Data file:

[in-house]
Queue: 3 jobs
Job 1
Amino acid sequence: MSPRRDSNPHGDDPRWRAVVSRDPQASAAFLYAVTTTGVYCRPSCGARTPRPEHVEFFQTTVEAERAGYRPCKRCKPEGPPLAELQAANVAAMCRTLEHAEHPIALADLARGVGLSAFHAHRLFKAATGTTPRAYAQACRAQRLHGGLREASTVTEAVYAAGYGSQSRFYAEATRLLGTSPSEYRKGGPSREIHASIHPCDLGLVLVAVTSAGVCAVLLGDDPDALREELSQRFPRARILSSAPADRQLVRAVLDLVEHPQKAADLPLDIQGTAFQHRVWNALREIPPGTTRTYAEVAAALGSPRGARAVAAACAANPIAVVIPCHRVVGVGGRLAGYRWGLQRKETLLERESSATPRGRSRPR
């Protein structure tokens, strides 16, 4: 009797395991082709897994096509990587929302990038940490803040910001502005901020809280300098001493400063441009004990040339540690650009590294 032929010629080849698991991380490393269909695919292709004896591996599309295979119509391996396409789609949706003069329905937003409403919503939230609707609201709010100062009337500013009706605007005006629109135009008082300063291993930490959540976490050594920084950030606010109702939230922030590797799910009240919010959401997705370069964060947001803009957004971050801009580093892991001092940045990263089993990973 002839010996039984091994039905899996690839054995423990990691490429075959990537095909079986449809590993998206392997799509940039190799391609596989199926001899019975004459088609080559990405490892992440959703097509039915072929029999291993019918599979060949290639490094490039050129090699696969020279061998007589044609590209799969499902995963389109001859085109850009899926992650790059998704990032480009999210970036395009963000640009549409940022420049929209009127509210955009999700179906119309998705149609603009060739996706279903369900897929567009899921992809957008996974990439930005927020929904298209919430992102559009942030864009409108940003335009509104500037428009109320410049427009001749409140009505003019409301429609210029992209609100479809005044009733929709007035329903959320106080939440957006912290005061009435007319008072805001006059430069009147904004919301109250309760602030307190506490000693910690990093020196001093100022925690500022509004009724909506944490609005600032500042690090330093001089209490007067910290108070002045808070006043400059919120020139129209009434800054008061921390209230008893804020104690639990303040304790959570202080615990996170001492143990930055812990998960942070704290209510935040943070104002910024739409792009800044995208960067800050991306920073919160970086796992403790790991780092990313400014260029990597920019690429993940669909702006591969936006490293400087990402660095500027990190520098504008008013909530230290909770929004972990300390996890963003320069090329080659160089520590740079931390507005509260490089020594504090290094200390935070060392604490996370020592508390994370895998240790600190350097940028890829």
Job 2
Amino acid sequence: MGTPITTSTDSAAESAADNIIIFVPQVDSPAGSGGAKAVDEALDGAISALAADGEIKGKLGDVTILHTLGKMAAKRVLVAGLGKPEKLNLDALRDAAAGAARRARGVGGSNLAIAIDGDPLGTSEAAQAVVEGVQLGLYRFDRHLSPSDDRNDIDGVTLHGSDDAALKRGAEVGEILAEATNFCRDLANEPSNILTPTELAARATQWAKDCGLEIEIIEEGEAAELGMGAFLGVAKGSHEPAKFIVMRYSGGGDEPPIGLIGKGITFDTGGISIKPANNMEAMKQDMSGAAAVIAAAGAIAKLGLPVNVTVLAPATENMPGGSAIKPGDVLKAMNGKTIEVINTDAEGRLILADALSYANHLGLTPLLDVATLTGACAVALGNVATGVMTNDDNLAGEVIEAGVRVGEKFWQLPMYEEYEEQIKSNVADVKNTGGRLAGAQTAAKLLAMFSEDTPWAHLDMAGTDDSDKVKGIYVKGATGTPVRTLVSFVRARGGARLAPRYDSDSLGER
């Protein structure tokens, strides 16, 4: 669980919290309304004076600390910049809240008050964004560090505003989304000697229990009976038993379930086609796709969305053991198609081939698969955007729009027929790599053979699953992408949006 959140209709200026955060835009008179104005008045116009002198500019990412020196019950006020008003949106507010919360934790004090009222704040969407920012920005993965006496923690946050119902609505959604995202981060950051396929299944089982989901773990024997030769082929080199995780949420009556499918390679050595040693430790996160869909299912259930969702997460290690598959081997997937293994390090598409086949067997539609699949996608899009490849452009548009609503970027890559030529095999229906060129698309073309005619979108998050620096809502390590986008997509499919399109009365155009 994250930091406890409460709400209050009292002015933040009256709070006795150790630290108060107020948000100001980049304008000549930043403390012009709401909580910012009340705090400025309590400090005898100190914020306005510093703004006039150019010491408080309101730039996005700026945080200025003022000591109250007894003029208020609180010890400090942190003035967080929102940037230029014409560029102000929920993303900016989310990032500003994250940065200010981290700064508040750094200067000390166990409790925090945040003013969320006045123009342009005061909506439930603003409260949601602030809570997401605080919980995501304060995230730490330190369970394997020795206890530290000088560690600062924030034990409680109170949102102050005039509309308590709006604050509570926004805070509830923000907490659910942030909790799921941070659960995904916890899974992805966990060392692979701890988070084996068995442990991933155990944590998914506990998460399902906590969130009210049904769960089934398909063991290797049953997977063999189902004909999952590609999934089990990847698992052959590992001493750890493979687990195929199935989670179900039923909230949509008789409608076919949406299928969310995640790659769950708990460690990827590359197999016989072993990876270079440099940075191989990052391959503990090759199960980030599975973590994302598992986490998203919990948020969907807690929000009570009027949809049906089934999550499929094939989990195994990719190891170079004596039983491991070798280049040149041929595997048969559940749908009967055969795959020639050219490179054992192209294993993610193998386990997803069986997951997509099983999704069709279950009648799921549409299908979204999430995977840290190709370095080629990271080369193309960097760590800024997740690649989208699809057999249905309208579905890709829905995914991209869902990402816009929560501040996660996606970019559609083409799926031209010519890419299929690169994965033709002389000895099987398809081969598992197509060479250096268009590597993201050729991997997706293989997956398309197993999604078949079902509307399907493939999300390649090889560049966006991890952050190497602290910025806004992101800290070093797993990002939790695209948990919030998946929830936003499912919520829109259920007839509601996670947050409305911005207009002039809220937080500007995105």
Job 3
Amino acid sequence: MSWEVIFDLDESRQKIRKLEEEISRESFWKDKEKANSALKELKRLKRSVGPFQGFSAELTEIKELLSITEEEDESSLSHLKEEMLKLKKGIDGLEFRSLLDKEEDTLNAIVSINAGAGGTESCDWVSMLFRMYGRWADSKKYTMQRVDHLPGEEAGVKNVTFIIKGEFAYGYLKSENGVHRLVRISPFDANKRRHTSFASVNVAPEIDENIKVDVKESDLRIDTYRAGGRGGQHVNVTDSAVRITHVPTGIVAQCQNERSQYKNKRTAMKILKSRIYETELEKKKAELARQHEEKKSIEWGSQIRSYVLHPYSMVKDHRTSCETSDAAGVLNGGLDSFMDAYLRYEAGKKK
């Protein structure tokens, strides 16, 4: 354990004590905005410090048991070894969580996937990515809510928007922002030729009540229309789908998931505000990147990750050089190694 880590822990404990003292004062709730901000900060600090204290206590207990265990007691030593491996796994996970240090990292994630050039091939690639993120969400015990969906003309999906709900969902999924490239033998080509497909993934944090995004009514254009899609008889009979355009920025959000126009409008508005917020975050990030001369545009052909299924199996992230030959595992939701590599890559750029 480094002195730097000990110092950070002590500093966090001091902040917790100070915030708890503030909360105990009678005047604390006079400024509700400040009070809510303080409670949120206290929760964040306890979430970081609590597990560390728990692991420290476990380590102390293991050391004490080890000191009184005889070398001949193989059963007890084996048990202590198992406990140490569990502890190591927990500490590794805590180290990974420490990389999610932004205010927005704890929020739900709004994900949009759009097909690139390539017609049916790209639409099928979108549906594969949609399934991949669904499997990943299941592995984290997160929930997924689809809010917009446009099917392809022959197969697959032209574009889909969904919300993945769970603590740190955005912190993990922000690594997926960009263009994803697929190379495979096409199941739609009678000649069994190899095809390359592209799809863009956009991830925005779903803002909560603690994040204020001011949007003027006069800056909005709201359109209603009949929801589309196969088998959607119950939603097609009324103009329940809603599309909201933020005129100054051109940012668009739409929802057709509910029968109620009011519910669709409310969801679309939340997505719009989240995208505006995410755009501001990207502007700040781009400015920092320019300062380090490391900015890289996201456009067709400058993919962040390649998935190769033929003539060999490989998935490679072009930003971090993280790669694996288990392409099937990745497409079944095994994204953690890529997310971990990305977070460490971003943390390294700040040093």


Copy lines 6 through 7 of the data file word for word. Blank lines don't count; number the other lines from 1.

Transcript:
Job 2
Amino acid sequence: MGTPITTSTDSAAESAADNIIIFVPQVDSPAGSGGAKAVDEALDGAISALAADGEIKGKLGDVTILHTLGKMAAKRVLVAGLGKPEKLNLDALRDAAAGAARRARGVGGSNLAIAIDGDPLGTSEAAQAVVEGVQLGLYRFDRHLSPSDDRNDIDGVTLHGSDDAALKRGAEVGEILAEATNFCRDLANEPSNILTPTELAARATQWAKDCGLEIEIIEEGEAAELGMGAFLGVAKGSHEPAKFIVMRYSGGGDEPPIGLIGKGITFDTGGISIKPANNMEAMKQDMSGAAAVIAAAGAIAKLGLPVNVTVLAPATENMPGGSAIKPGDVLKAMNGKTIEVINTDAEGRLILADALSYANHLGLTPLLDVATLTGACAVALGNVATGVMTNDDNLAGEVIEAGVRVGEKFWQLPMYEEYEEQIKSNVADVKNTGGRLAGAQTAAKLLAMFSEDTPWAHLDMAGTDDSDKVKGIYVKGATGTPVRTLVSFVRARGGARLAPRYDSDSLGER